web analytics

Key tries bad stats to mask pathetic record

Written By: - Date published: 8:44 am, February 9th, 2011 - 39 comments
Categories: john key, wages - Tags: ,

Key’s line was pure spin. An attempt to cover a shockingly poor economic record with fairytale statistics. Here’s John Armstrong doing what Key hoped he would – regurgitate the line unchecked:

“Key also produces figures to show the price of goods and services has risen by 6 per cent since the last election, while the after-tax average wage has actually gone up by 16 per cent.

Thank tax cuts for that. The figures might be right. But they won’t equate with most people’s experience in the nation’s shopping malls.”

‘Might be right?’ John, if you don’t have a lackey that can check these facts, flick us an email.

Here’s how it goes:

2008Q4 2010Q4
Average Weekly Earnings $              791.91 $              838.73
Net income using tax rates in force at the time $              640.86 $              710.75
Consumer Price Index 1072 1137
Inflation-adjusted average weekly wage $              679.72 $              710.75
Change after inflation and tax cuts 4.6%
Minus 2.5% extra GST on net income 2.5%

(incomes and CPI from Stats, tax rates from Treasury)

So, the average wage after tax and inflation has risen 2.5% thanks to those tax cuts (it’s down without them). That’s not the 10% Key is claiming. And it’s not the right figure to use because it’s dragged up artificially by the fact the rich are still getting pay rises, the fact that the rich got big tax cuts, and the fact that those on low incomes are most likely to lose their jobs in the recession and so stop being part of the average.

Averages suck at telling us the ‘typical’ experience and it’s no good if you don’t count families whose breadwinners have lost their jobs in the recession. Fortunately, we can look at the median household income instead.

2008Q4 2010Q4
Median Weekly Household Earnings $          1,257.00 $          1,236.00
Net income on tax rates in force at the time $          1,001.79 $          1,057.29
Consumer Price Index 1061 1099
Inflation-adjusted average weekly wage $          1,037.67 $          1,057.29
Change after inflation and tax cuts 1.9%
Minus 2.5% extra GST on net income -0.4%

(incomes and CPI from Stats, tax rates from Treasury)

And even this measure, which shows household incomes have dropped in real terms even when you count the tax cuts, isn’t wholly satisfactory because it doesn’t show the fact that those below the median have gotten poorer a lot quicker than those above it. There’s no nice way to show that including the effect of tax cuts with the statistics available.

At the end of the day, you don’t have to decide who wins this battle of the statistics. Trust your own eyes: look around you, is the typical Kiwi family really 10% wealthier since Key came to power? Or is Key lying to you to cover his arse?

39 comments on “Key tries bad stats to mask pathetic record ”

  1. ghostwhowalksnz 1

    I bet Key counts the tax cuts Labour gave just before the election as part of ‘his’.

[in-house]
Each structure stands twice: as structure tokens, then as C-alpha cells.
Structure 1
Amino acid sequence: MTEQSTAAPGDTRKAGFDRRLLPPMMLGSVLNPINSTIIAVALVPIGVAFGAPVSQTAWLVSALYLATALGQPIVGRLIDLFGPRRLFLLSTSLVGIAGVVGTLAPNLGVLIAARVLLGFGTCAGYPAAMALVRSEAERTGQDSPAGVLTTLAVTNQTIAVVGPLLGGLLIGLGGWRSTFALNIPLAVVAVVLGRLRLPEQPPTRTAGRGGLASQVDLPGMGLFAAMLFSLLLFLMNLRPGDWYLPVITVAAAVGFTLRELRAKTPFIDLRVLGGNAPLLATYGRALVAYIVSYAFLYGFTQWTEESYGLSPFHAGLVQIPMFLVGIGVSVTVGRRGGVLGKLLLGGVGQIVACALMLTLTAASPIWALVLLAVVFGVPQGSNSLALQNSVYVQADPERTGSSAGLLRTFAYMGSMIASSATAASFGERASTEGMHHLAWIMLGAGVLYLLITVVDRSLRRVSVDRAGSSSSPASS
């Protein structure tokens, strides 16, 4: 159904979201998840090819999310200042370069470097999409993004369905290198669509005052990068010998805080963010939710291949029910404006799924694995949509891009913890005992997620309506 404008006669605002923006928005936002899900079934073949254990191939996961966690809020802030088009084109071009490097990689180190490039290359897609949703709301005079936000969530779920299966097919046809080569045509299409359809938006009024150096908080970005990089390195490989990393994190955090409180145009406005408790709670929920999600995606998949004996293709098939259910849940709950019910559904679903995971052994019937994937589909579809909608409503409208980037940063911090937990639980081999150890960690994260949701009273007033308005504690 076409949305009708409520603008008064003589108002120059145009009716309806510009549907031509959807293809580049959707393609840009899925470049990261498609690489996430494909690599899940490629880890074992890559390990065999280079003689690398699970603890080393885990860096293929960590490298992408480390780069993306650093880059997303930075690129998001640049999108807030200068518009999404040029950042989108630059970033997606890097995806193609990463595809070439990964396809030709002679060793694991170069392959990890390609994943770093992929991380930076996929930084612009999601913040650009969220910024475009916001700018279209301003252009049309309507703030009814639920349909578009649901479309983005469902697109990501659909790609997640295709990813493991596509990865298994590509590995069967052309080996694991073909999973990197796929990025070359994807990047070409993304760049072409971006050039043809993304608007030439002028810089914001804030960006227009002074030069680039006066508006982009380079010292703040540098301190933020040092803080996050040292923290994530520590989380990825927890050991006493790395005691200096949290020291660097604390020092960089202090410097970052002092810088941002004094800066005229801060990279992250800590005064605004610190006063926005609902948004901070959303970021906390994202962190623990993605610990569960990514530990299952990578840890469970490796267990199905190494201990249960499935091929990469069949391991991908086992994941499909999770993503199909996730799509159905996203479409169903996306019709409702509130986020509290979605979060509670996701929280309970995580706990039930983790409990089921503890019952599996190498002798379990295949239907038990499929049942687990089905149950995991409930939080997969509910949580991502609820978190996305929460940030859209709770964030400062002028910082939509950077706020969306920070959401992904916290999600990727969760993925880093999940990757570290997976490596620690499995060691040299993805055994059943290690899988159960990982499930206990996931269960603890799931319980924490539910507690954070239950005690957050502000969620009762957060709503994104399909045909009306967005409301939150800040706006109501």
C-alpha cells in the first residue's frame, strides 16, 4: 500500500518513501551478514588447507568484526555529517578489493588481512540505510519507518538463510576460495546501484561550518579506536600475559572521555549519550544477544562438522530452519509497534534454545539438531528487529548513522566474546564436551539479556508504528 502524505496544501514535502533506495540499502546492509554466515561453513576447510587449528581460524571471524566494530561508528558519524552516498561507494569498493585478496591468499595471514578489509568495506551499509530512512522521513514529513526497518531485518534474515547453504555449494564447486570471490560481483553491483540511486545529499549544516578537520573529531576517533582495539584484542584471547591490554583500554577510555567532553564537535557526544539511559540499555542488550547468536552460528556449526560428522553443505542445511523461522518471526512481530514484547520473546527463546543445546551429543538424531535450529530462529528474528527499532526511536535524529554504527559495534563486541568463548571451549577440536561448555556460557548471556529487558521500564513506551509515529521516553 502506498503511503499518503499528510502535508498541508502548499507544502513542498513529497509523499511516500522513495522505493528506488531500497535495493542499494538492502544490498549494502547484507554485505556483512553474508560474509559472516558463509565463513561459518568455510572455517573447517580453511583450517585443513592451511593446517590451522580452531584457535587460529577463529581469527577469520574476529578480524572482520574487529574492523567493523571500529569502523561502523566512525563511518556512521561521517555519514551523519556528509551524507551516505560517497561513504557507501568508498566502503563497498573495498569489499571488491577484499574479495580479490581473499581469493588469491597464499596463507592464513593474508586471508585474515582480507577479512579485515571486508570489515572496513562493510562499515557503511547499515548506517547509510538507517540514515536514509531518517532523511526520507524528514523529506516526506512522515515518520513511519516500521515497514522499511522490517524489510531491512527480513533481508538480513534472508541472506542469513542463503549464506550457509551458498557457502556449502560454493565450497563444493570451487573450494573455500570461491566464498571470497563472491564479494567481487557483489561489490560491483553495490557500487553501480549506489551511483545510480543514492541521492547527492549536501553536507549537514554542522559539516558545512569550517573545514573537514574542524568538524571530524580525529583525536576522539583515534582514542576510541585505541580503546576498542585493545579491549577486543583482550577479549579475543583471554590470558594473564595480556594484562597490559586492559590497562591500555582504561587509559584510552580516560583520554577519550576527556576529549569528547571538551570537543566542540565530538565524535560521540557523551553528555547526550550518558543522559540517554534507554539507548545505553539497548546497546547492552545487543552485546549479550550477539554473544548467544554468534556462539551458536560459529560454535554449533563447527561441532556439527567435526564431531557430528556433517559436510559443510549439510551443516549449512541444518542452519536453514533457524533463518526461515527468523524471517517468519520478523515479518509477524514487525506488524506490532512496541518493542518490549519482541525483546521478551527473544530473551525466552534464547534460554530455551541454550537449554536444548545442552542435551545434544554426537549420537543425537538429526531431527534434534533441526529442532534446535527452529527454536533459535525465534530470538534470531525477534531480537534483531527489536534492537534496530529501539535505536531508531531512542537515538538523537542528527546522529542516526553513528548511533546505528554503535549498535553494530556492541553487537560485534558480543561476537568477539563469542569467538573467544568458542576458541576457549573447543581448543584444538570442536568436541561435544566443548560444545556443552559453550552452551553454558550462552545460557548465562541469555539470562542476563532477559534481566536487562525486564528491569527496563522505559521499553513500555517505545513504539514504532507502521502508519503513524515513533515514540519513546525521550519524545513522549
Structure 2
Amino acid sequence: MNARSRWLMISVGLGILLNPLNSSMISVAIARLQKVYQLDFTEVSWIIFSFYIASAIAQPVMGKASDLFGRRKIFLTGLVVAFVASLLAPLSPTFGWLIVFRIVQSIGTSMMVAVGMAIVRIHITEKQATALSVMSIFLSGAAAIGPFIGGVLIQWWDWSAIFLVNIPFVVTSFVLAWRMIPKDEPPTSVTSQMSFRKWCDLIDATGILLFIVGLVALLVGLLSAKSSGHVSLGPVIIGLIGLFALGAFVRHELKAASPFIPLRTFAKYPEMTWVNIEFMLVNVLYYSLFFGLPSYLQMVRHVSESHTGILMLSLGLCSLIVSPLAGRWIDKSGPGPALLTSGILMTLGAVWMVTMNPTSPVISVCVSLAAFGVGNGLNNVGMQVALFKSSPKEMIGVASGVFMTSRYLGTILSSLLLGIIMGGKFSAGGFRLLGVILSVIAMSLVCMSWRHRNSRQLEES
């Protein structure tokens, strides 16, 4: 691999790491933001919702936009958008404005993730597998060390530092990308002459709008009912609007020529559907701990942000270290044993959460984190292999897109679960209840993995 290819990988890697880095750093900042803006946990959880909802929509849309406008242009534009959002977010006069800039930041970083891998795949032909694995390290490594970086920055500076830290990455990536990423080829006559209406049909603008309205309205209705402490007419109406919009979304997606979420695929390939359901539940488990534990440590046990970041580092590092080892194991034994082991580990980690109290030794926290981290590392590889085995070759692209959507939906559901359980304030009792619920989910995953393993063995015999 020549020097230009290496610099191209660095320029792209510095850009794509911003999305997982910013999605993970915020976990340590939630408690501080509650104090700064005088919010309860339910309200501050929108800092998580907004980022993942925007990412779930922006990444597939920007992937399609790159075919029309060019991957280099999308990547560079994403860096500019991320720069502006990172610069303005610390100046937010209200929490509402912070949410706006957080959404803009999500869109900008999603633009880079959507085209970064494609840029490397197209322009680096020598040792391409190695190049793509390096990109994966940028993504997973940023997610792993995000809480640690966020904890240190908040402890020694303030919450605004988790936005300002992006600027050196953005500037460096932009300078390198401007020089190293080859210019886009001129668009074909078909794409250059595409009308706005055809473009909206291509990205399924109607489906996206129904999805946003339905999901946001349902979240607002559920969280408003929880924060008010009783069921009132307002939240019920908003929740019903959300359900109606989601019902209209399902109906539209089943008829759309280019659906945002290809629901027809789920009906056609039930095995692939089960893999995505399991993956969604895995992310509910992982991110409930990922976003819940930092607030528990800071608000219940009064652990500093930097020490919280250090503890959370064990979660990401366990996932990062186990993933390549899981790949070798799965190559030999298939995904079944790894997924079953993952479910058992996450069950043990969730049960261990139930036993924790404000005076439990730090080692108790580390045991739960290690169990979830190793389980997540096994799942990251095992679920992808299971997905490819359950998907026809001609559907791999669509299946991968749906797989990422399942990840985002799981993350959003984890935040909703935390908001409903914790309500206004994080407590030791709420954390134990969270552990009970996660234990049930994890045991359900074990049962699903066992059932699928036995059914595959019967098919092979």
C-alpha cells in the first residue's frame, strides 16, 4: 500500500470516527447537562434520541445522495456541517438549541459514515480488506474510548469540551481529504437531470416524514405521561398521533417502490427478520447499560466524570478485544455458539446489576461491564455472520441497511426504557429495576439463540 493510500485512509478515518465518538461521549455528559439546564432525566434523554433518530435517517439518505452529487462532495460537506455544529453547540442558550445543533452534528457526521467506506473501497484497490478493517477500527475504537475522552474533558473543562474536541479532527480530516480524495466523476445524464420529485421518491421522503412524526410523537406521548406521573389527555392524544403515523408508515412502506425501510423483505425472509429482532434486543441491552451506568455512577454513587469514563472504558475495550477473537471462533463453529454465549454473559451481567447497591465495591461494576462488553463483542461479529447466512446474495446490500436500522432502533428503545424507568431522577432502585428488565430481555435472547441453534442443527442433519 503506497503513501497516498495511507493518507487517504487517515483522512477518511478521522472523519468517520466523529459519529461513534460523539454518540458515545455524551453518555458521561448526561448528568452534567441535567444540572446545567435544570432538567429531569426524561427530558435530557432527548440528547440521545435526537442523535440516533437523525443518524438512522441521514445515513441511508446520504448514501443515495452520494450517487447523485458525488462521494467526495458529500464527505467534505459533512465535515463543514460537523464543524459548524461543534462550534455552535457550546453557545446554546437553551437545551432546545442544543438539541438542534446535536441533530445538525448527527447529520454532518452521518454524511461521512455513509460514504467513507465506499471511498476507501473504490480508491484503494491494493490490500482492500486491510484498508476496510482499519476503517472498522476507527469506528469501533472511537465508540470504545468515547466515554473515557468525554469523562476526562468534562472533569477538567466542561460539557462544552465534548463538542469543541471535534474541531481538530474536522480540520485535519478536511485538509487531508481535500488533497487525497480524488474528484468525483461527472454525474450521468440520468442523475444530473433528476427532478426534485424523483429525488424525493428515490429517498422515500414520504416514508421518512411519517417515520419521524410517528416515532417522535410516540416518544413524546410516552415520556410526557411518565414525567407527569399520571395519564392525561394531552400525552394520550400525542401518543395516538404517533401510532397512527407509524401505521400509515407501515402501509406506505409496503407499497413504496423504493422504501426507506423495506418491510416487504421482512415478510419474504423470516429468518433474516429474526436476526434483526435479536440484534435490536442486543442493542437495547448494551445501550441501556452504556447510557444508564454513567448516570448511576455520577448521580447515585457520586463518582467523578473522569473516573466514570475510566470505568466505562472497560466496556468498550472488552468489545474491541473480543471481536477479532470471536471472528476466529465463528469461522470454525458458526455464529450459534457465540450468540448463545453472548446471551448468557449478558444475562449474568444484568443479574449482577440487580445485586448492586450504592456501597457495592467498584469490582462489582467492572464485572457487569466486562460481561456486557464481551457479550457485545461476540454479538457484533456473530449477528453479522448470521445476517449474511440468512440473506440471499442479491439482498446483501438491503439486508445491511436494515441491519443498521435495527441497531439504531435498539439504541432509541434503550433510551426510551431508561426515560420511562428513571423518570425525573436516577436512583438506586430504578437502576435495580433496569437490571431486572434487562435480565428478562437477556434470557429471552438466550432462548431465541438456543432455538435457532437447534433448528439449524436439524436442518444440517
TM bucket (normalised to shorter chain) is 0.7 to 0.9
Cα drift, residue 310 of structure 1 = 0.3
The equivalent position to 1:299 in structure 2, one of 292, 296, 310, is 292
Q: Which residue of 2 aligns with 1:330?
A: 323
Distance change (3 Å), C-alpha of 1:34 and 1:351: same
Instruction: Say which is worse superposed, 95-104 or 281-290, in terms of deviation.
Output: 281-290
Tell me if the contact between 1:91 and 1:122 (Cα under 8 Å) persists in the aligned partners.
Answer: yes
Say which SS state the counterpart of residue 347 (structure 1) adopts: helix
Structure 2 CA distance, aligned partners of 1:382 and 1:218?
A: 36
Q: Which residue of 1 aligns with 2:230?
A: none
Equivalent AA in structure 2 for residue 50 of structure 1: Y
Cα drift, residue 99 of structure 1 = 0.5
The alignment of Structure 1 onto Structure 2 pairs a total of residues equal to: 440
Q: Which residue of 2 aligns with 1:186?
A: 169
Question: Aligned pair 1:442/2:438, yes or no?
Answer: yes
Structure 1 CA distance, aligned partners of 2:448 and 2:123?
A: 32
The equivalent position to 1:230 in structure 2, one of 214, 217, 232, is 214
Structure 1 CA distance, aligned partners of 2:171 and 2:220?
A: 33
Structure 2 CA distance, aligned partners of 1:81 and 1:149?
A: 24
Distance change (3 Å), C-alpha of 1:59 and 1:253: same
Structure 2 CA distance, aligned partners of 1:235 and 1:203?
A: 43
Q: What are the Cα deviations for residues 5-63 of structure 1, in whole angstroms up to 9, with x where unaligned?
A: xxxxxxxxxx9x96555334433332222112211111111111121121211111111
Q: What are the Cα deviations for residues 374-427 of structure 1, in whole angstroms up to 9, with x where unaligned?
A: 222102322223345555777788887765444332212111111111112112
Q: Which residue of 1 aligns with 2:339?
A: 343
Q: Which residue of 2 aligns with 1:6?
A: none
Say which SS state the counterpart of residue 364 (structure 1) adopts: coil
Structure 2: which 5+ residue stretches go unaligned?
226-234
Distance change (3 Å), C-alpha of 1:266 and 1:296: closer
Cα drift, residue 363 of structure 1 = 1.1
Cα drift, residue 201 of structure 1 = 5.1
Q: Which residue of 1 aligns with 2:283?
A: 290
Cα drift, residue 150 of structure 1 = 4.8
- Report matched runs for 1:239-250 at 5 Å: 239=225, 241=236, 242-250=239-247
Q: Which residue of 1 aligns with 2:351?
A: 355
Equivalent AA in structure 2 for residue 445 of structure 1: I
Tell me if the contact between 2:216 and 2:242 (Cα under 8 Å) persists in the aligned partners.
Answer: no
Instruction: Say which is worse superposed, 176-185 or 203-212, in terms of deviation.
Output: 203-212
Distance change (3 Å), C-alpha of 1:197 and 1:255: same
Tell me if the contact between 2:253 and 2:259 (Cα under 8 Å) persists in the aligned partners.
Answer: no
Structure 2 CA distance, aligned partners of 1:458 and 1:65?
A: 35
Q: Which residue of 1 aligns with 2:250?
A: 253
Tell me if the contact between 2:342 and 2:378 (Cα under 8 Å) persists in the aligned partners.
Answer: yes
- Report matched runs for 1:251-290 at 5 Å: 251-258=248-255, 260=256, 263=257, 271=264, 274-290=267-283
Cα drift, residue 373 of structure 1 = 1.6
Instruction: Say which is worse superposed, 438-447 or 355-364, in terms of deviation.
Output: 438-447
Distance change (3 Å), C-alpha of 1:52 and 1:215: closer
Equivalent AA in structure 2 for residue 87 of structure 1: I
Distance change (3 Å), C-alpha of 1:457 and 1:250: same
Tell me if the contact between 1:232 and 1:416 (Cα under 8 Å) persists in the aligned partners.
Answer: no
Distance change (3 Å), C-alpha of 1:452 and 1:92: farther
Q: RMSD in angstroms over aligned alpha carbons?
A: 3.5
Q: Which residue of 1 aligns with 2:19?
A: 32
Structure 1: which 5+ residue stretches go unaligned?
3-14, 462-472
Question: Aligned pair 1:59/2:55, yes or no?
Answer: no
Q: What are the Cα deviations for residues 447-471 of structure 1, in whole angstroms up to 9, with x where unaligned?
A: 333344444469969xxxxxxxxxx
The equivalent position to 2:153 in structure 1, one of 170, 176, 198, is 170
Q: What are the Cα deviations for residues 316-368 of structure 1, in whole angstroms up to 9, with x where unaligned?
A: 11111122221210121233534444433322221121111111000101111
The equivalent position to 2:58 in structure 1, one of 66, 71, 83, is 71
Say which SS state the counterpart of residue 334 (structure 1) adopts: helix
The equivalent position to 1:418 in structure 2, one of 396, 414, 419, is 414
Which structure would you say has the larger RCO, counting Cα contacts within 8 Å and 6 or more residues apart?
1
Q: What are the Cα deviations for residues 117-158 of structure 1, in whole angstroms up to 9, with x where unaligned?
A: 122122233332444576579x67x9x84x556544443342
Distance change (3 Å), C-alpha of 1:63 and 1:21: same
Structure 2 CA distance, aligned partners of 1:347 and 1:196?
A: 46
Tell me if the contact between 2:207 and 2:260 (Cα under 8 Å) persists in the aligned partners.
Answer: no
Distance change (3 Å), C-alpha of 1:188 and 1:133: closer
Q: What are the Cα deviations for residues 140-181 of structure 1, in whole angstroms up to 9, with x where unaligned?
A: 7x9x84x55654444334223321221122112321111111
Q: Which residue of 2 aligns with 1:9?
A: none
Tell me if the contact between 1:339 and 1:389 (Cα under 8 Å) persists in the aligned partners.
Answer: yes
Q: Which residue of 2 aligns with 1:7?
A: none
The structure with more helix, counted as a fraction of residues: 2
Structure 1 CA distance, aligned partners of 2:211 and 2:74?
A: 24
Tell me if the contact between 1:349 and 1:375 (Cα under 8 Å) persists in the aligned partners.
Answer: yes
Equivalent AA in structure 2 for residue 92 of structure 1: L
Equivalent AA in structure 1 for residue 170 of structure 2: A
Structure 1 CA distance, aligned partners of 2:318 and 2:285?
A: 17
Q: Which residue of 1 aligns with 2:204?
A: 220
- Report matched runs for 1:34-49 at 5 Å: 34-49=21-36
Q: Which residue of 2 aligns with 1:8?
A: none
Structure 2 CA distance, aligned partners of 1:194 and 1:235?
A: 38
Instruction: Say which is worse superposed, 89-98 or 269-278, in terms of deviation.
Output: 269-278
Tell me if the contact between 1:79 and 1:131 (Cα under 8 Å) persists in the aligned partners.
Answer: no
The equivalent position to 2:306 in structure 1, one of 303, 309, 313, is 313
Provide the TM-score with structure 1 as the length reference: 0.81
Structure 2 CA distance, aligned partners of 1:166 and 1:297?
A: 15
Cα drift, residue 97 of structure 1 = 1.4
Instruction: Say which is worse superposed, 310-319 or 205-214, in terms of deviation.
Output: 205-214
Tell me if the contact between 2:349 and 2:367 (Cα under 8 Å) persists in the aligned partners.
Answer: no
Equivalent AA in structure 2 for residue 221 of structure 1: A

The trick is to use a figure before Oct 08 as the starting point.

    • lprent 1.1

      I bet Key counts the tax cuts Labour gave just before the election as part of ‘his’.

      Those are in the Q4 2008 figure that Marty was using.

      • tsmithfield 1.1.1

        Why shouldn’t he? After all, Labour only gave them to try and counter National’s tax cut promises. So in a sense, it was National’s tax cuts.

        • ianmac 1.1.1.1

          Much of what you say TS is interesting. That one is just ridiculous!

          • tsmithfield 1.1.1.1.1

            In what way is it ridiculous?

            From a cause and effect standpoint, it is obviously true. National caused Labour to offer tax cuts by forcing Labour to move toward National’s own tax cut promises. If National caused Labour’s tax cuts, then National was responsible for them, so therefore, they were National’s tax cuts on the basis of first cause.

            • Rosy 1.1.1.1.1.1

              I’ll look forward to you claiming Labour had a good world cup (if it goes ok) because they caused it to happen.

              • tsmithfield

                A little different, in that there is a considerable amount of management required after the event has been initiated, so there is plenty of scope for things to go well or badly depending on what has happened in the intervening time.

                In the case of the tax cuts, there was no way in hell that Labour would have offered tax cuts unless they felt under pressure from National’s tax cut promises. Cullen hated tax cuts. For instance, he even cancelled his mean-spirited chewing gum tax. So the argument from first cause is very strong here.

                • Rosy

                  I thought not

                  • tsmithfield

                    Its just you need to be able to draw a direct causal relationship between event A and event B. Thats not so easy to do in the example you provided.